I was in Singapore at the time on a small break between traveling back from Australia. Quite a glamorous location for me. I was traveling back to the UK after another failed romance about to face the friends and family I had told about moving there – gearing myself up to tell them I had failed. Back to my mummy again. We knew it wouldn’t work out – silly dreamer.
In case you haven’t had a panic attack – it isn’t the feeling of panic you get when you wake up after a drunken night and can’t find your phone, or the panic I had experienced for years as a teacher during an inspection. It’s nothing like the panic you know. It’s a feeling of “I know you’ve pretended to be a functioning human for twenty something years but now the game is up – you’ve been found out. You no longer have any control over your limbs, brain or heart rate. Oh – and you’re going to die.”
I watched the steps in their constant momentum going down and down over and over and went to take my step. Something I had done probably a million times before. Then I realised my feet wouldn’t move even though my brain was telling them to. Do you know how confusing that is? Suddenly your body turning around to your brain and saying “umm, no – not today. I’m done doing as I’m told.”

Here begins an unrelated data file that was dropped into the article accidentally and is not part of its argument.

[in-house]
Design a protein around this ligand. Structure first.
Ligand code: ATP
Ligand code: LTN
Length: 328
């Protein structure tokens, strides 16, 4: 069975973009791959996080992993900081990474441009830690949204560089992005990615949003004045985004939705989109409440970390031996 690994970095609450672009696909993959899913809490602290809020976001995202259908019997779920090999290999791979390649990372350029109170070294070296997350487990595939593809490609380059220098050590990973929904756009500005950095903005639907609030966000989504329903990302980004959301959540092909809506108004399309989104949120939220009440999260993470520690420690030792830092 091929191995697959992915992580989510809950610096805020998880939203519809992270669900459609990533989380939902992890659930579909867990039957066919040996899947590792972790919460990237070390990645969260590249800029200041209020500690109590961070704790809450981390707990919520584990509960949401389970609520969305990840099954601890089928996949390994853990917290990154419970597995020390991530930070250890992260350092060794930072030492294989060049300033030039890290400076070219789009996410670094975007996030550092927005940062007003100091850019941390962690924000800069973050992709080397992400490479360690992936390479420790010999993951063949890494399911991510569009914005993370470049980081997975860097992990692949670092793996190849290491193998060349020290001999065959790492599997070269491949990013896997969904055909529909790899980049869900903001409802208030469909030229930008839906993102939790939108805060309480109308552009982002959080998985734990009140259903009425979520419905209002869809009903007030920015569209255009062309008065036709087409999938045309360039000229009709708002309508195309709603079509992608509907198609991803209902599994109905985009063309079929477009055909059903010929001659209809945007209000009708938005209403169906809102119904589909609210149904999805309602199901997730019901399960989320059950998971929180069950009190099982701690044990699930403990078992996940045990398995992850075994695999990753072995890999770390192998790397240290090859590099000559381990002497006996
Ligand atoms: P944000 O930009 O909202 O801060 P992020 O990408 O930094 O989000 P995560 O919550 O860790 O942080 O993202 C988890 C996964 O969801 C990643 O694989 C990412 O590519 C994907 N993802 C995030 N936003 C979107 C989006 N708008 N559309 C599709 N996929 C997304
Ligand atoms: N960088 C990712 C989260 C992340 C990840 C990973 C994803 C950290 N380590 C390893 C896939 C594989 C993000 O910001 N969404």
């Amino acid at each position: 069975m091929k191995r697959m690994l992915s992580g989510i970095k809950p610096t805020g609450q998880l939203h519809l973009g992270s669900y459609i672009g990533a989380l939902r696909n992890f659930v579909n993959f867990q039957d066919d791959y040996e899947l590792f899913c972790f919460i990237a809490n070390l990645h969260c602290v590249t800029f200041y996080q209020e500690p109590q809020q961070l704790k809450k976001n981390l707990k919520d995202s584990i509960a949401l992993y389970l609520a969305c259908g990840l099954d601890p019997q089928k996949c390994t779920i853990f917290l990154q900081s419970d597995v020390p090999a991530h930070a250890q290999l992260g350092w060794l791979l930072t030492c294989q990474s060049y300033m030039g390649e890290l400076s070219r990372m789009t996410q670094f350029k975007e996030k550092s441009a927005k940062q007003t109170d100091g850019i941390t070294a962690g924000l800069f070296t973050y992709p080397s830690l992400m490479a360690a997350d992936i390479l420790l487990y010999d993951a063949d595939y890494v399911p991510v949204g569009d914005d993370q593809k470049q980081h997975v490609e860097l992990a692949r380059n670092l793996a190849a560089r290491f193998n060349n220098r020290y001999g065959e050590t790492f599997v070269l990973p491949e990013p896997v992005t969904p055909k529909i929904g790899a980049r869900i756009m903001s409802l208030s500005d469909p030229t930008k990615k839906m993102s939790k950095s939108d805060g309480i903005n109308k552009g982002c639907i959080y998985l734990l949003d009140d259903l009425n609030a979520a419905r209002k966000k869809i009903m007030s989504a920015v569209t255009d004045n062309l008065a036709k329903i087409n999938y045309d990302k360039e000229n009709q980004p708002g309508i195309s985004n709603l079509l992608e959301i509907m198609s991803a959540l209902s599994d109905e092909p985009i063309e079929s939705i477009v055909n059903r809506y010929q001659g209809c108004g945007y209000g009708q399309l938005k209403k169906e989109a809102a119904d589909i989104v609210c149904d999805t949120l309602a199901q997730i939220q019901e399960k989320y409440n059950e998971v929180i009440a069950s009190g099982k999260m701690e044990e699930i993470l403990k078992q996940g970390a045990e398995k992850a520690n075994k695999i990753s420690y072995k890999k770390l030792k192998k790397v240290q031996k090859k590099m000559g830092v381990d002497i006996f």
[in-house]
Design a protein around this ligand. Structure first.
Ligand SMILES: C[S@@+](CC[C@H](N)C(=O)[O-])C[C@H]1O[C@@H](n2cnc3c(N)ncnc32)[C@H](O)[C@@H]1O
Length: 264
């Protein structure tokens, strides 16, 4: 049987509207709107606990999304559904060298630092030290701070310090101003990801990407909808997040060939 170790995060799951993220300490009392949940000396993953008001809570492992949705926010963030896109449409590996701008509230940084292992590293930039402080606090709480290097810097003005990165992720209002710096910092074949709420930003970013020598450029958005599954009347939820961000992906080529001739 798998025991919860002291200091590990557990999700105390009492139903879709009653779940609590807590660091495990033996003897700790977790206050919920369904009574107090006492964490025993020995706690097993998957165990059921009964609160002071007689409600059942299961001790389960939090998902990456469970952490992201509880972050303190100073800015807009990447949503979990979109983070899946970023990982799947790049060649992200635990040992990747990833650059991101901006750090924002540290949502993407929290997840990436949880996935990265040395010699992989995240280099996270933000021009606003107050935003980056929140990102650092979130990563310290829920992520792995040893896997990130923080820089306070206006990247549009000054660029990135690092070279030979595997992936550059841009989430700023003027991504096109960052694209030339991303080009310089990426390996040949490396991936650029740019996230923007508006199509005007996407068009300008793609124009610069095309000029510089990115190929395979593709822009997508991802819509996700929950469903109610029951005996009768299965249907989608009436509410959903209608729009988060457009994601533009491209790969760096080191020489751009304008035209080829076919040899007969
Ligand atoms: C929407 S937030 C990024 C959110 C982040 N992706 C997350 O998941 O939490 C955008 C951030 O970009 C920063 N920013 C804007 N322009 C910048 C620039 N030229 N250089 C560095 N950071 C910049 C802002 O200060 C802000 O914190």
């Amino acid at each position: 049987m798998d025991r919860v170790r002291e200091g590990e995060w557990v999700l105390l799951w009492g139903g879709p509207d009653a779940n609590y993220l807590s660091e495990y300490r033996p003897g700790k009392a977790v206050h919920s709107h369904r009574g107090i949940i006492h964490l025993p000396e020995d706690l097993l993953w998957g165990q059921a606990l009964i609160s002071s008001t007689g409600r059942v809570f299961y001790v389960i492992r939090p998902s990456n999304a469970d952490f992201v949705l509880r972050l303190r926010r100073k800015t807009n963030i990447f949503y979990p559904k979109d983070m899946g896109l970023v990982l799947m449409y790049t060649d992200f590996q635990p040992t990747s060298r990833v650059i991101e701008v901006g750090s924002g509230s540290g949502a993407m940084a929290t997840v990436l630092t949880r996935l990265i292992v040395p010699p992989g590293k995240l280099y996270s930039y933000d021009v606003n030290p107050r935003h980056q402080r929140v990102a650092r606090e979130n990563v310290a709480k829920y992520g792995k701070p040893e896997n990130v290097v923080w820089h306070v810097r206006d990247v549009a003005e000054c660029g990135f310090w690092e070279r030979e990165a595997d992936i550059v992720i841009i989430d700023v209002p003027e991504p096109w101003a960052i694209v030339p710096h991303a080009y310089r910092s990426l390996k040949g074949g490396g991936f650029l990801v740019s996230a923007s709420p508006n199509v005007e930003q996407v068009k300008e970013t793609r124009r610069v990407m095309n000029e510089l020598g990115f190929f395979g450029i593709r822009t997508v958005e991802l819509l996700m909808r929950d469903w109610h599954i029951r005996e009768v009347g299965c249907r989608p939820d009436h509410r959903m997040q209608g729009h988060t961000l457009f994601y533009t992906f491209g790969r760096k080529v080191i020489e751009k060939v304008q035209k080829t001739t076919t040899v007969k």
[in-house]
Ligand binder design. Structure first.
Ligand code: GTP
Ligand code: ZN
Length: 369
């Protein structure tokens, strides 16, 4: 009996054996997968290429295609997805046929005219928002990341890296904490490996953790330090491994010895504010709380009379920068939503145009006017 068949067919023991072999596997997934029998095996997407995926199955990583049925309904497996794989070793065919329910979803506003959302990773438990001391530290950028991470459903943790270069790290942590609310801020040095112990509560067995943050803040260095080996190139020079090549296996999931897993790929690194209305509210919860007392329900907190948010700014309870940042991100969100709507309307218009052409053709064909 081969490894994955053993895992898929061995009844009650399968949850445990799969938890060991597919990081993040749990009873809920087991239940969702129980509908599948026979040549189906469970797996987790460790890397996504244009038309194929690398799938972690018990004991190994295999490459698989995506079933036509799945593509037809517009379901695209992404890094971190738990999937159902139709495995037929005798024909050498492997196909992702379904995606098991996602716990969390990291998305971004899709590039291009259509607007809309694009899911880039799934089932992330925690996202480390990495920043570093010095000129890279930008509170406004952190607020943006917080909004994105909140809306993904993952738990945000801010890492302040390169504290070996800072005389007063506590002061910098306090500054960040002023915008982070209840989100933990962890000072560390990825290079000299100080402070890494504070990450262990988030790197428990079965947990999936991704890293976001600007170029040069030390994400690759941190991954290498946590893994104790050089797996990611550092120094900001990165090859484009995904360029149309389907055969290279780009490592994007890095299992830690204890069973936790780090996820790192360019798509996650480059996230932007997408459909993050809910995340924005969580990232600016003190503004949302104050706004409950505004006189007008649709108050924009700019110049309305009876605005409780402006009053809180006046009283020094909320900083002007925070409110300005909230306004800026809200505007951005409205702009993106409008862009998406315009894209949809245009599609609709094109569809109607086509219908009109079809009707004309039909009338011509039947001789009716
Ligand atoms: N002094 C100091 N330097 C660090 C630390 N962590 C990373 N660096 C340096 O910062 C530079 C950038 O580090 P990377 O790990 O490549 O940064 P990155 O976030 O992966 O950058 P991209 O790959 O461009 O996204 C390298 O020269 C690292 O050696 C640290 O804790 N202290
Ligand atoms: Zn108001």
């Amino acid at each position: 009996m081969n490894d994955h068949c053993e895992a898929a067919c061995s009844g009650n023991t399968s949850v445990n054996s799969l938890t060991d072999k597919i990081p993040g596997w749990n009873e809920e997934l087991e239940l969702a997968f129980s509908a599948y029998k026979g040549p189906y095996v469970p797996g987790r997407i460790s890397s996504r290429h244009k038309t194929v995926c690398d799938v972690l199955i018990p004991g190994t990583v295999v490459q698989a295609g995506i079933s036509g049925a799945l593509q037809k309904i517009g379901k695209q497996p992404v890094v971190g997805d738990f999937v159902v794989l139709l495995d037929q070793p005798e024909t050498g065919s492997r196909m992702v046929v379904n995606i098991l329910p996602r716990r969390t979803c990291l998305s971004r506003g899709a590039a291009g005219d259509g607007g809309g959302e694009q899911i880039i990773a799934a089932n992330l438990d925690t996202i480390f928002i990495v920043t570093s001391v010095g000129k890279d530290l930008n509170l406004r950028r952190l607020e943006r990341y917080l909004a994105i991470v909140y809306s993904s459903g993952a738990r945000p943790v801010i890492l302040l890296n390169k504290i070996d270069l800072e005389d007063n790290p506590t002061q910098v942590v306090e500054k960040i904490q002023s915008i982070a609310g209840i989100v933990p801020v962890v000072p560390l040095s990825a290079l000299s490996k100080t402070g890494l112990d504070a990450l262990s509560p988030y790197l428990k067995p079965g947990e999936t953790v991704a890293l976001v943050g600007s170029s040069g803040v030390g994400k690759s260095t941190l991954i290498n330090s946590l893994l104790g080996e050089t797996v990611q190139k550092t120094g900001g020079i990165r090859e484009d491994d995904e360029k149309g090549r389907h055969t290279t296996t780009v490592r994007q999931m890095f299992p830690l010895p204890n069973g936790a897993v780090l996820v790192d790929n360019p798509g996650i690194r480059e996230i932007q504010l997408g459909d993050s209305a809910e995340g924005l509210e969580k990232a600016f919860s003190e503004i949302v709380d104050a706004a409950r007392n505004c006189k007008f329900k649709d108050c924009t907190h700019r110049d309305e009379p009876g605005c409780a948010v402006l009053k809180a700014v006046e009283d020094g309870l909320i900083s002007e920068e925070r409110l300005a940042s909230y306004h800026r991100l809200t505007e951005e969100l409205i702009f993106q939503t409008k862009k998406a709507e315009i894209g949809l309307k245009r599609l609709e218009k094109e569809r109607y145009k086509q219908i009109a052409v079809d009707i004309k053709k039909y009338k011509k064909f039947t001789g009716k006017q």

So I stood there – a queue forming behind me, looking down, watching the steps of doom going over and over and over and then I burst out crying.
A kind lady grabbed me and asked if I was ok before I ran off to a toilet and breathed heavily for God knows how long. The escalator carried on, the normal people got on and off and I was left wondering what on earth was going on.
I still have a moment of panic on escalators. If there is ever a woman in front of you who looks like they’re going to step but then doesn’t and gets on the next step instead, delaying your journey by about two seconds – it’s probably me.
I always think escalators are such a great metaphor for anxiety. Everything is continuing in a constant motion and you know your time is next – and it’s up to you to keep moving, take that leap and carry on. If you mess this up – you mess it up for everybody. Do you know how many people are looking at you? Just be normal – it’s easy. Everyone else is doing it. It’s fight or flight time brain – don’t over think it. Breathe. Breathe. Breathe.